Finally, the opening of the new adobe store at the corner of Monterey and Chorro Streets was a major social event with an inaugural ball remembered for years afterwards. After all, two young men actually investing in construction before statehood underscored the determination to sink roots into the fledgling settlement! For those in the future County Seat, merchandise from San Francisco would be available. On the eve of Statehood, some progress had reached the valley.

San Francisco 1850 O C T O B E R


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our schools

college night welcomes local students By James J. Brescia, Ed.D. County Superintendent of Schools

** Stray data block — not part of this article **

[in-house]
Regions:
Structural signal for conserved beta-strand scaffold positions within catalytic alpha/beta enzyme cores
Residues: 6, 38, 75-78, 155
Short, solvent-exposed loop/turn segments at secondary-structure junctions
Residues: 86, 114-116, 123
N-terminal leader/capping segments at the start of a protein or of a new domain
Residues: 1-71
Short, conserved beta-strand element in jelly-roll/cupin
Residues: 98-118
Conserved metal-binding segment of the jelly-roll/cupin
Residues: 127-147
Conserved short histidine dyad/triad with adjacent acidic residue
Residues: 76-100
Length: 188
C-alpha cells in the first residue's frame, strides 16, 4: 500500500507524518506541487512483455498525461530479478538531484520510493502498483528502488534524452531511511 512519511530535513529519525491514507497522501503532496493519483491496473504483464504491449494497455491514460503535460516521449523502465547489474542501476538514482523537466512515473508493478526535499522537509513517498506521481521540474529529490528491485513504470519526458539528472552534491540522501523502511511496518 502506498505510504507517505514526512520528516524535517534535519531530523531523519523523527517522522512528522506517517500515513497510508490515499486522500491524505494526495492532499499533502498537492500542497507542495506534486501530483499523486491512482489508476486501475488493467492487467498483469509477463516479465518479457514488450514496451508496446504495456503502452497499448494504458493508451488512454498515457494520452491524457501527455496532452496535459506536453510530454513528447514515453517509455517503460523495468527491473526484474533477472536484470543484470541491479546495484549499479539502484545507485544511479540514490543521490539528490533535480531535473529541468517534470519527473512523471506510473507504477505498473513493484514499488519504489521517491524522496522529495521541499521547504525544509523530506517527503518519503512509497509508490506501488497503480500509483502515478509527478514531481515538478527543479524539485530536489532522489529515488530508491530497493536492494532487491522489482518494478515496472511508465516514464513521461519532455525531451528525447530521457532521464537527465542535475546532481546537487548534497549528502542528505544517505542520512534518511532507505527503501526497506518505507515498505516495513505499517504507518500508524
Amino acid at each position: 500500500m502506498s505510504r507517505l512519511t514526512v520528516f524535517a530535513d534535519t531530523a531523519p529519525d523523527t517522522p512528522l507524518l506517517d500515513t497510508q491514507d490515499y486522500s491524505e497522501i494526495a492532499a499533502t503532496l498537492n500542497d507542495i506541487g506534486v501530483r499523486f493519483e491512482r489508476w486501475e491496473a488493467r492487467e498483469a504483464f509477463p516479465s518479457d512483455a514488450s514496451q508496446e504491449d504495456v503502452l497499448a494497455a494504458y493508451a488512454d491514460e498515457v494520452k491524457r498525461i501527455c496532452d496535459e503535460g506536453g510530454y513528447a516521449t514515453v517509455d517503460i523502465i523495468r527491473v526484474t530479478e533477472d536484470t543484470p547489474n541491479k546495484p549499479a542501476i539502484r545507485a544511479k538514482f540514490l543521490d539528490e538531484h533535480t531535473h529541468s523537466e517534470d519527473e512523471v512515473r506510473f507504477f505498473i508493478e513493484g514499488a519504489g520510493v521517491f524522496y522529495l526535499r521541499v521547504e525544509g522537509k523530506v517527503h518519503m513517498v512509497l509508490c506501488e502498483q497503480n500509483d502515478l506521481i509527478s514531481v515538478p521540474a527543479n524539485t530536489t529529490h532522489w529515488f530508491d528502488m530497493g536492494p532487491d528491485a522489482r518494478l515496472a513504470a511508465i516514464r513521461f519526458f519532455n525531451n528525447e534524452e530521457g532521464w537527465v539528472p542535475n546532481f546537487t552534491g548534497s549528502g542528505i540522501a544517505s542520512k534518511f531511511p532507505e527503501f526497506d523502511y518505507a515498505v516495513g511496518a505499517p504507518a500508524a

“Education is not preparation for life; education is life itself.” —John Dewey Throughout life, each individual is ultimately responsible for his or her college or career pathway. Today’s rapidly changing world presents us with new educational opportunities and career paths that are constantly unfolding. Traditional paths are different, and shifts are taking place in occupation skills and educational requirements throughout every sector. These changes are a result of new technology, changes in organizational design and the trend towards global business operations. Because of this ever constant change, it is critical that we promote and take advantage of opportunities to obtain information and plan for the future. Once a plan is in place an individual is better equipped to take advantage of changes in the economy and job market. An upcoming opportunity to plan is our county-wide College Night which will be held on the evening of October 30th at the Cuesta College’s San Luis Obispo Campus. Events such as College Night are excellent opportunities for local high school students and their families to meet with representatives from colleges and universities throughout California as well as other states. Many University of California (UC) and California State